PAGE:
Most people know that I’ve been a staunch jailbreak proponent over the years, but my enthusiasm for jailbreaking has been waning as of late. Much of this has to do with the amount of features, jailbreak-inspired or not, that Apple stuffs into new iOS software each summer.
That’s not to say that I’d knock anyone who chooses to jailbreak, because that’s your prerogative. But there are some things that should give potential jailbreakers pause when it comes to the latest iOS jailbreak. Ladies and gentlemen, it’s time to play devil’s advocate…
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The iOS 9.3.3 jailbreak is still buggy
It’s the same story with each new jailbreak that comes out. The first few versions are buggy as all get out, only to be refined during subsequent releases that occur during the days and weeks post release. Even if you do decide to jailbreak, it may be best for you to hold off for at least a few days or weeks.
The tool is still in Chinese
Although some industrious folks over at r/jailbreak have sought to translate much of the Pangu tool that’s used to facilitate the latest jailbreak, I’d feel more comfortable if I was able to confidently read notices, warnings and error messages that I might encounter while venturing through the jailbreak process.
The tool asks for your Apple ID and password
It’s unlikely that there’s anything malicious going on when the Pangu tool asks for your Apple ID and password to proceed with jailbreak app installation, but still — you’re entering your Apple ID and password into a third-party tool that you probably can’t fully understand. If that doesn’t send up red flags, I’m not sure what will. If you do decide to go through with the jailbreak, at least take the precautionary measure of creating a dummy Apple ID.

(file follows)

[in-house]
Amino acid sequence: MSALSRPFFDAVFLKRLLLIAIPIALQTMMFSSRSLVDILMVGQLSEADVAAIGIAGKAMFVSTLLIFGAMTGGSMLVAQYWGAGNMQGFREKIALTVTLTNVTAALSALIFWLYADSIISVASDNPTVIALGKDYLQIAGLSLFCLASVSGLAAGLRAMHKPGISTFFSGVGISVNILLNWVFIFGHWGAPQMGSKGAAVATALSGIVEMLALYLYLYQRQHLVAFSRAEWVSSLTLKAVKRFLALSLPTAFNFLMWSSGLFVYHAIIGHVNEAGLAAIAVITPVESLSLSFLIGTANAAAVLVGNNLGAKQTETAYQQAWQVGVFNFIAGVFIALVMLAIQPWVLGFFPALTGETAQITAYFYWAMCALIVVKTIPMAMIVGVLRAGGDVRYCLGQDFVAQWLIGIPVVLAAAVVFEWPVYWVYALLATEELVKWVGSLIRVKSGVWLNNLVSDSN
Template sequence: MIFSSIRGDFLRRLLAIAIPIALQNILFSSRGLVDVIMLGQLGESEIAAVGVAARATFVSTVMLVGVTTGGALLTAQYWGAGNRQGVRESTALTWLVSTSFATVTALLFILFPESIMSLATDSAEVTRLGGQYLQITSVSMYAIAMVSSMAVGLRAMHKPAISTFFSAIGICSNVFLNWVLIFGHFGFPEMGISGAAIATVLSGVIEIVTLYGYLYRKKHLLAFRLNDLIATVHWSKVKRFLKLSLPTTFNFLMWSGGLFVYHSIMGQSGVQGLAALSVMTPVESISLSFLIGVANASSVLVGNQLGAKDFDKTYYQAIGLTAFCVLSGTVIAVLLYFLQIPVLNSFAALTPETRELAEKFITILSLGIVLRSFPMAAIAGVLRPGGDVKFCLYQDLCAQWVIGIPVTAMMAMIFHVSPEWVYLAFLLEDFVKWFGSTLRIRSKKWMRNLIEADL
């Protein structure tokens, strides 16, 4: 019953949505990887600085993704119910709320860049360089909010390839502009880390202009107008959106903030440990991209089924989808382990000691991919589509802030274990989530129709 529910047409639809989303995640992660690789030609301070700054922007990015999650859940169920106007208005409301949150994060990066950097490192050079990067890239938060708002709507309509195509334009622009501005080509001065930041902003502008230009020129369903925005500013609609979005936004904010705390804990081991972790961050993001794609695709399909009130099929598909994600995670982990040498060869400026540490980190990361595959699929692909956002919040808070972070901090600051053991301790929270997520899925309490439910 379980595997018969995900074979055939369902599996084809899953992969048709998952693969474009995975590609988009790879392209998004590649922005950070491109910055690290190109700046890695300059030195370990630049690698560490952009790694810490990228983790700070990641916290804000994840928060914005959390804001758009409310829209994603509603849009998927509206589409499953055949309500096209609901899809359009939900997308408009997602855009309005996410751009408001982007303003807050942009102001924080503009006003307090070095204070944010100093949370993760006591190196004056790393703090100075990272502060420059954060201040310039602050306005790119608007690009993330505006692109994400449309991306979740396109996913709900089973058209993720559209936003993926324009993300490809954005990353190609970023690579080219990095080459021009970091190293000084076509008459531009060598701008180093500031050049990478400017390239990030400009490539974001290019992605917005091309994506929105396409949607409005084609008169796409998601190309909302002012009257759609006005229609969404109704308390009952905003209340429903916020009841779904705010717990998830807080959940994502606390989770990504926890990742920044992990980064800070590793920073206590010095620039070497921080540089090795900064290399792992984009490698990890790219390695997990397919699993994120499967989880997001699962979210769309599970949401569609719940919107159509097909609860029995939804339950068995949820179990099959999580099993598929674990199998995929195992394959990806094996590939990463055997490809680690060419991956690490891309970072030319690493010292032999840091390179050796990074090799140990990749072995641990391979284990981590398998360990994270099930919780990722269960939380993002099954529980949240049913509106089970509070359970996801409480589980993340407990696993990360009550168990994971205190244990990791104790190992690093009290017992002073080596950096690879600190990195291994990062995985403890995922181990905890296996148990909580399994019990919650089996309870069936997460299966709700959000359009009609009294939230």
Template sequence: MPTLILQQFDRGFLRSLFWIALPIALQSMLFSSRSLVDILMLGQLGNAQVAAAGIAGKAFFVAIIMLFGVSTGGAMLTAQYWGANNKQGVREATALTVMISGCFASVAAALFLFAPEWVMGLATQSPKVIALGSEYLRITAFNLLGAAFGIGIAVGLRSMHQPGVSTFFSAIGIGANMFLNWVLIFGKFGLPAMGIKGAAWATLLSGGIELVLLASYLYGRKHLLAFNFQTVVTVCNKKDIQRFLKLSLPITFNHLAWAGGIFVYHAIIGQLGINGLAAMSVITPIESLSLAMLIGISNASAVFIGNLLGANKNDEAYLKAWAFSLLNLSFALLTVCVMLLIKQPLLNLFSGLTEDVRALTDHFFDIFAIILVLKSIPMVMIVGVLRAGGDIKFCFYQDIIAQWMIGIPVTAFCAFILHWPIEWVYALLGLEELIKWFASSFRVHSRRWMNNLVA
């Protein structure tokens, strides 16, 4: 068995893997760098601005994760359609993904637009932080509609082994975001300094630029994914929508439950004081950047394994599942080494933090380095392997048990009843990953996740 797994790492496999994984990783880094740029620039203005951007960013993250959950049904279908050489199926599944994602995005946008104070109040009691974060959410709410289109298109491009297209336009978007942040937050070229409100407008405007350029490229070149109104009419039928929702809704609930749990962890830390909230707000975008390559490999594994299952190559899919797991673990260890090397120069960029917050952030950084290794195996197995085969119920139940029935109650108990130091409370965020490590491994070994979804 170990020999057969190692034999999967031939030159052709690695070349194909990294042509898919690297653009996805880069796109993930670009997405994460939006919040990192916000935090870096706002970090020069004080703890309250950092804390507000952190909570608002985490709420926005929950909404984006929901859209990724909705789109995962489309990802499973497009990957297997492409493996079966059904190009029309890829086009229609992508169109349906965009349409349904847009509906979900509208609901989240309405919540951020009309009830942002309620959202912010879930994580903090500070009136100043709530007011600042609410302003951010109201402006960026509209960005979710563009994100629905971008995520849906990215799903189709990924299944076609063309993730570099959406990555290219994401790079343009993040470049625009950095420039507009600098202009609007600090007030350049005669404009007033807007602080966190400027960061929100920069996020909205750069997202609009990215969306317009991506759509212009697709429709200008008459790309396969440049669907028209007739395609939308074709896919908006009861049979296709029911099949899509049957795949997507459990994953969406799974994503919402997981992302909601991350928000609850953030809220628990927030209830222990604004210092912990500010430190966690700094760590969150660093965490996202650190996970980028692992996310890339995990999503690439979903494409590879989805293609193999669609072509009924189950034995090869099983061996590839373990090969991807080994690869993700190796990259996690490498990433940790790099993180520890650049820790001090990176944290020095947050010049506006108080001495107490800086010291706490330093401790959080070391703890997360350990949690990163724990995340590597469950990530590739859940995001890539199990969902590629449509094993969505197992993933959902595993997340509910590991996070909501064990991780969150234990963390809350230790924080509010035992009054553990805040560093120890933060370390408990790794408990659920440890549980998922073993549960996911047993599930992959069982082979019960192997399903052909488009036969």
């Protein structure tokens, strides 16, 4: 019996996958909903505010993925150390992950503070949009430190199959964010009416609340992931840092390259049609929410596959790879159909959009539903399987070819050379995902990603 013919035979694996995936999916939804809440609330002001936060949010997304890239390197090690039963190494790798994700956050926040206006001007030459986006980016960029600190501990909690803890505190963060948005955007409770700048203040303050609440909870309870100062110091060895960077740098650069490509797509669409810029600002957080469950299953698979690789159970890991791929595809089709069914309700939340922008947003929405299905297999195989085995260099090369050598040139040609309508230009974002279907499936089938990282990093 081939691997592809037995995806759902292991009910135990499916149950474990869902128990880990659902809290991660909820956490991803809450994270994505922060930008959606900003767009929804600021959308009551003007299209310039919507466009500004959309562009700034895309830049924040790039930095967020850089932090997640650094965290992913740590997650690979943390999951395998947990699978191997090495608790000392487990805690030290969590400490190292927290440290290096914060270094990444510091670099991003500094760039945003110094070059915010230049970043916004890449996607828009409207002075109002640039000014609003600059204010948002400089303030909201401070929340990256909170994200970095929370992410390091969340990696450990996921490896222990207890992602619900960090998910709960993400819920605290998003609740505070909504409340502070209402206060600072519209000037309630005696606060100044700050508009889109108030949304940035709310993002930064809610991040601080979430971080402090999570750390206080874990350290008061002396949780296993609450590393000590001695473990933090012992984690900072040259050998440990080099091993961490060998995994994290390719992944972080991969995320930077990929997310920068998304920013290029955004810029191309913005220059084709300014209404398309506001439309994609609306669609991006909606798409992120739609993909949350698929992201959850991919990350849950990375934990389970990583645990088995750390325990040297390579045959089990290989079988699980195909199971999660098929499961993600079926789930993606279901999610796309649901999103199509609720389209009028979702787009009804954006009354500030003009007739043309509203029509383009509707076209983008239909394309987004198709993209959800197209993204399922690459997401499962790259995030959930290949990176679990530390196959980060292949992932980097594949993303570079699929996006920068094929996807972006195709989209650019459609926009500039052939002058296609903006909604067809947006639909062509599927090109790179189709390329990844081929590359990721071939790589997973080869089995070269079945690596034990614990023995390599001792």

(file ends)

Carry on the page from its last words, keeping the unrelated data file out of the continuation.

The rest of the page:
If you’re a Mac user without a Windows machine, then you’ll have to resort to setting up a Windows virtual machine if you wish to use the jailbreak in its official manner. Yes, there are alternative methods for facilitating the Pangu jailbreak for iOS 9.3.3 without a computer, but if you wish to use Pangu’s official tool, it’s Windows-only for the time being.
You’ll have to give up the iOS 10 beta
For me, this is one of the biggest reasons to consider not jailbreaking. The Pangu jailbreak is only for iOS 9.2 – iOS 9.3.3, so you can’t jailbreak iOS 10 as of yet. Pangu has showed off an iOS 10 jailbreak in the past, so I have no doubt that we’ll eventually see one, but it probably won’t be released until iOS 10 goes public later in the year.
With all of this said, I will still jailbreak my iPhone, although it no longer serves as my daily driver containing all of my personal data. As someone with a long history of jailbreaking that goes back to the blackra1n days, I feel compelled to at least try the new jailbreak, test out some of the great tweaks made by developers, and report on it.
As far as using a jailbreak on my daily driver, though, I just can’t see it. Maybe there will be some sort of compelling tweak that will make me want to jailbreak my primary devices in the future, but it’s going to have to be something pretty special for that to happen.
I know I’ll probably catch some heat from the jailbreak faithful about this post, but I wanted to play devil’s advocate for a bit. For the record I have no qualms with those who enjoy jailbreaking, as I’ve done the same since the late 2000’s.
Interesting enough, I posted a similarly-themed tweet yesterday, and the response wasn’t nearly as harsh as I thought it would be. I was shocked to see so many people agree with my sentiments.
What about you? Have you already used the Pangu tool to jailbreak you iOS device? If not, do you plan on doing so? Be sure to vote in our poll above, and sound off in the comment section.